The occasional letter—a letter written for a specific occasion—is a genre where silence is to be expected. Paul’s letters are not blueprints. They cover neither all aspects of his ministry nor all aspects of modern ministry. Paul wrote more letters than we have,5 and the letters we do have mention only those leaders he has occasion to include. Consider the several women who appear only once in Paul’s letters: Phoebe (Rom. 16:1–2); Mary (Rom. 16:6); Junia (Rom. 16:7);6 Tryphaena, Tryphosa, and Persis (Rom. 16:12); the mother of Rufus (Rom. 16:13); Julia and the sister of Nereus (Rom. 16:15); Chloe (1 Cor. 1:11); Euodia and Syntyche (Phil. 4:2); Nympha (Col. 4:15); Claudia (2 Tim. 4:21); and Apphia (Phlm. 2). Surely, other women go unmentioned altogether, and their names and roles forever will be shrouded in silence.

In addition to arguing from silence, the role model question also minimizes the distance between first-century Mediterranean cultures and the modern interpreter. Significant differences have evolved over two millennia. For example, one use of the role model question which overlooks certain cultural differences arises from Romans 16:1: “I commend to you our sister Phoebe, a servant (diakonos) of the church in Cenchrea” (NIV).7 Following the logic of the role model question, a translation that avoids the title “deacon” or even “deaconess” also avoids validating modern women who would fill this role. The debate over whether Phoebe held the office of deacon, however, is too enmeshed with our modern situation. The ancient office of deacon was emerging and is not identical to the modern office of deacon.8 Moreover, this office continues to develop. If, for example, a Southern Baptist, an Anglican, and a Lutheran were deliberating whether Phoebe held such an office, they would each be pondering a different question.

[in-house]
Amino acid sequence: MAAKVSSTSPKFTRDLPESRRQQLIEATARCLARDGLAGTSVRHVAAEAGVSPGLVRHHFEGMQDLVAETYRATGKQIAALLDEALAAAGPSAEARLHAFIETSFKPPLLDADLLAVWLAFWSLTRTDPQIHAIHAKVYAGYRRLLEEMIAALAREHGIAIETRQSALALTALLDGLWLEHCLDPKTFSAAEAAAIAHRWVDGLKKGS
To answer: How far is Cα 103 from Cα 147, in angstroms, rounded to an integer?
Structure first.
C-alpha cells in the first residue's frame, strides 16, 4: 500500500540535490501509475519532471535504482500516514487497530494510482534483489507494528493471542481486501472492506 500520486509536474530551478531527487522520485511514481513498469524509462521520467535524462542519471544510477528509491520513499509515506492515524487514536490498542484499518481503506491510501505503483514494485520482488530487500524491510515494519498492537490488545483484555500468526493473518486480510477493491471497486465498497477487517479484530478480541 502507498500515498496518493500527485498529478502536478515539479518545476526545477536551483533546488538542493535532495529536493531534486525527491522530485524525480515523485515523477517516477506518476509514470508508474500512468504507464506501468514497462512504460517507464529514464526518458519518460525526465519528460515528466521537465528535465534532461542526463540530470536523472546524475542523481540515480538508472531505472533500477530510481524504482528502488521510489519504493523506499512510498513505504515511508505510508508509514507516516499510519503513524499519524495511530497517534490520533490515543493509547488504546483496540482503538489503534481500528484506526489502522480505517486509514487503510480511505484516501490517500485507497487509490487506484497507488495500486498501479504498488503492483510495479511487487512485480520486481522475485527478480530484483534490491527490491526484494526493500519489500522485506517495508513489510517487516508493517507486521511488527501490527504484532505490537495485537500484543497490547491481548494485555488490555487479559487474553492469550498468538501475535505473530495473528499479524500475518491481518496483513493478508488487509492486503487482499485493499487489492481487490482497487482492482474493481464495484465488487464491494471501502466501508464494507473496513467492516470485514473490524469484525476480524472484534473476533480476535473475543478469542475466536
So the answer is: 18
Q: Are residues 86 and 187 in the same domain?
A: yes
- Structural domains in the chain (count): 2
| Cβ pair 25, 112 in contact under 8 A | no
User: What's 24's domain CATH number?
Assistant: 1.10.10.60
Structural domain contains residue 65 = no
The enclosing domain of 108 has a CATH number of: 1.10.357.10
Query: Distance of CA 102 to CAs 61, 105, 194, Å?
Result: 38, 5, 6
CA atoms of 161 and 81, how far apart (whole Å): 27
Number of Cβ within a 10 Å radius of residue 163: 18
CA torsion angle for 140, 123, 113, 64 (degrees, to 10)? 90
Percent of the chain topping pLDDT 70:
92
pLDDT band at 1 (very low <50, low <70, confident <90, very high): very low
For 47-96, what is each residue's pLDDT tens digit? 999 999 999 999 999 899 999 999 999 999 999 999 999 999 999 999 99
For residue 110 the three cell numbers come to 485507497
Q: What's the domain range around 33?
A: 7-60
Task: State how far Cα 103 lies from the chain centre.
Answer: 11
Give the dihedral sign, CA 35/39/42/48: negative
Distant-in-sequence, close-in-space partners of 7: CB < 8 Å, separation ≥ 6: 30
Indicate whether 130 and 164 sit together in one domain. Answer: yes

Consider, for example, an alternative translation which could result in a similar dilemma. The word “minister” means “servant” and is a legitimate translation of diakonos. To assign Phoebe the title “minister,” however, would be problematic for some. Problems would arise not because of the ancient meaning of the Greek word diakonos, but because of modern connotations of the English word “minister.”9 The debate would be sabotaged by the reality that “minister” does not mean in twenty-first-century America what “minister” meant in first-century Cenchrea. Similarly, the New Testament era knows no roles that correspond cleanly with such modern realities as Bible translator, campus minister, Christian education minister, hospital chaplain, military chaplain, music minister, pastoral counselor, Sunday school teacher, youth minister, and the numerous other roles some women feel called to fill. As a result, the role model question is not sufficient to span the cultural gap.

Part of this cultural gap is linguistic. Simply stated, Greek and English do not work the same way. Returning to Phoebe, for example, confusion results when interpreters defend Phoebe’s status as deacon by wrongly claiming the noun diakonos is grammatically masculine.10 While Greek nouns typically have only one gender, diakonos is among that cluster of nouns with common gender; that is, their gender changes based on context.11 In Romans 16:1, diakonos is indeed feminine in spite of its inflected ending, and we can infer nothing of substance from the grammatical gender of the word.

A second example of the linguistic gap concerns an uncontested rule of Greek grammar (and several other languages): The masculine gender typically describes a group including both men and women.12 In Acts 12:12, for example, the clause “many people had gathered and were praying” is grammatically masculine, though Rhoda and Mary are present. Similarly, in Mark 5:38, “weeping and wailing” translates two masculine plural participles, yet women are undeniably involved. Again, when Peter affirms that “everyone who calls on the name of the Lord will be saved,” both Acts 2:21 and Joel 2:32 (LXX13 3:5) use the masculine adjective pas (“everyone”) in spite of the proximate references to daughters (Acts 2:17) and female slaves (Acts 2:18). This rule of grammar challenges the claim that elders in the New Testament are always men. Neither Paul nor Acts mentions any individual elder. Instead, we read of elders in the plural and in the abstract.14 On the basis of grammar, therefore, we cannot say whether these plural references include women elders. The objection that an elder must be a “one-woman man” (1 Tim. 3:2, Titus 1:6) must confront the fact that this same phrase describes deacons (1 Tim. 3:12), yet Phoebe the diakonos is clearly not a “one-woman man.”